Written by Laura Coelho
It’s in my ears wherever I go these days. It’s the music I dance-walk to as I buy chapstick at the drug store. It’s the music I dance-eat to at my local burrito shop. It’s the music I dance-read to on the bus. I visited Pharrell’s 24 hour music video website recently. I smiled and sang, “Clap along if you know what happiness is to you…” I might have danced, too.
The more I listen to Happy, the more I wonder: What IS happiness? Scientists acknowledge that happiness is a complex construct, meaning something different from person to person, community to community, moment to moment, and the list goes on. Still, it is interesting to try to understand what happiness means.
Validated happiness scales, with indicators such as life satisfaction, health, community, and civic engagement, begin to describe the construct of happiness. Positive psychologist, Ed Diener, asserts that happiness, or “subjective well-being,” is a combination of life satisfaction and experiencing more positive emotions than negative emotions. Martin Seligman, another lead researcher in positive psychology, divides happiness into three parts: pleasure, or the “feel good” part of happiness; engagement, or living a “good life” of work, family, friends, and hobbies; and meaning, or contributing to a larger purpose. Matt Killingsworth, a researcher at Harvard and former product manager in the software industry, recently built a smart phone application, Track Your Happiness, that enables people to report their feelings in real time. Killingsworth found that people were often the happiest when they were lost in the moment.
Despite the somewhat elusive nature of the term, happiness is important to the field of public health. Research indicates that there are positive health benefits of happiness. In a review of more than 160 human and animal studies researchers found that “happy people tend to live longer and experience better health than their unhappy peers.” Laura Kubzansky at the Harvard School of Public Health analyzed data from a study that followed 6,000 men and women aged 25 to 74 for 20 years and identified that emotional vitality – defined as a sense of enthusiasm, hopefulness, engagement in life, and the ability to face life’s stresses with emotional balance – appears to reduce the risk of coronary heart disease. Results from an eight-year study following more than 3,000 people age 60 and older living in England showed that happier people maintained better physical function as they aged, even when adjusting for potential confounders such as age, lifestyle, and economic situation. According to the American Happiness Association, people who are positive about aging live 7.5 years longer than those with less positive perceptions, a benefit that surpasses those of smoking cessation, exercise, and obesity control. Researchers at UCLA are even showing that genes of people with high levels of eudaimonic well-being, or happiness rooted in living a purposeful life, function better by keeping inflammatory gene expression low and antiviral and antibody expression high. So, what can we do to live happier, and therefore healthier, lives?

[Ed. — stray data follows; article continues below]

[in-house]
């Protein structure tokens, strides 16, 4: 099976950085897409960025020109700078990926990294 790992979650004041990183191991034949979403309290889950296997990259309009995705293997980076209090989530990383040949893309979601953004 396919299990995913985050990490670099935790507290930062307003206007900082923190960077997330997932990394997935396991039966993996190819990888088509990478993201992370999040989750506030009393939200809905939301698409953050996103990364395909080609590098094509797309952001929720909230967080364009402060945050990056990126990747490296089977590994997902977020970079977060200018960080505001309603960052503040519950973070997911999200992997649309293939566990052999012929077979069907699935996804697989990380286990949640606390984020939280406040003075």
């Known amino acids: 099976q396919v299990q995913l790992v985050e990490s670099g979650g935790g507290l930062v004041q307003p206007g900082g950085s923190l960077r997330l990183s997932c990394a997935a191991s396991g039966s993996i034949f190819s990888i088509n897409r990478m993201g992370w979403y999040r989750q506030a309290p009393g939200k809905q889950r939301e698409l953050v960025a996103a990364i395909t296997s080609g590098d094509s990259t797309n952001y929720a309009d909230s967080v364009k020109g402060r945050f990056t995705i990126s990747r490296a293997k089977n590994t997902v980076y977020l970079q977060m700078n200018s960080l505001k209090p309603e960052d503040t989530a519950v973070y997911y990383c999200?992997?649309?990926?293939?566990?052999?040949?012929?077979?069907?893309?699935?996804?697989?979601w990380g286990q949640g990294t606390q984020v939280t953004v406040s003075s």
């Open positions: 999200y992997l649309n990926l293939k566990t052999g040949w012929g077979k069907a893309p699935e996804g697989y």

The Mayo Clinic has five tips for cultivating contentment:
- Invest in relationships
- Express gratitude
- Cultivate optimism
- Find your purpose
- Live in the moment
Pretty easy stuff, huh? Or maybe we should all participate in the #100happydays challenge. People who successfully completed the challenge claimed to start noticing what makes them happy every day; be in a better mood every day; start receiving more compliments from other people; realize how lucky they are to have the life they have; become more optimistic; and fall in love. That sounds pretty good to me! And, possibly best of all, if you complete the challenge you get a book with the 100 happy photos you posted during the challenge. I don’t know about you, but another picture book of my cats sounds pretty good to me!
OK, you get the point.
Although these tips may be useful and the #100happydays challenge sounds fun, being happy is not solely a product of individual effort. As Kubzansky cautions, “When you take this research out of the social context, it has the potential to be a slippery slope for victim blaming.” So the question then becomes: How can we, as public health professionals, create contexts in which people can be happy? Healthy? Free of violence, worry, and chronic stress? With smiles and laughter, fresh produce, and walkable streets?
Maybe we can learn some lessons from the small country of Bhutan, with its multidimensional Gross National Happiness (GNH) Index. The measure is rooted in the idea that the pursuit of happiness is collective, though it can be experienced personally, and is reliant on nine domains: psychological well-being, time use, community vitality, cultural diversity, ecological resilience, living standard, health, education, and good governance. According to A Short Guide to Gross National Happiness Index, “the GNH Index is meant to orient the people and the nation towards happiness, primarily by improving the conditions of not-yet-happy people.” Perhaps the GNH Index would be more useful than the Gross Domestic Product (GDP) for identifying health policies to improve happiness and health among United States citizens?
I am not quite sure where we go from here, but the data and statistics clearly show that happiness is an important construct to understand for public health professionals. I am confident that from individual level solutions to policy interventions, we will find real ways to create a more equitable world in which happiness is not such an elusive construct, but one felt and known by all.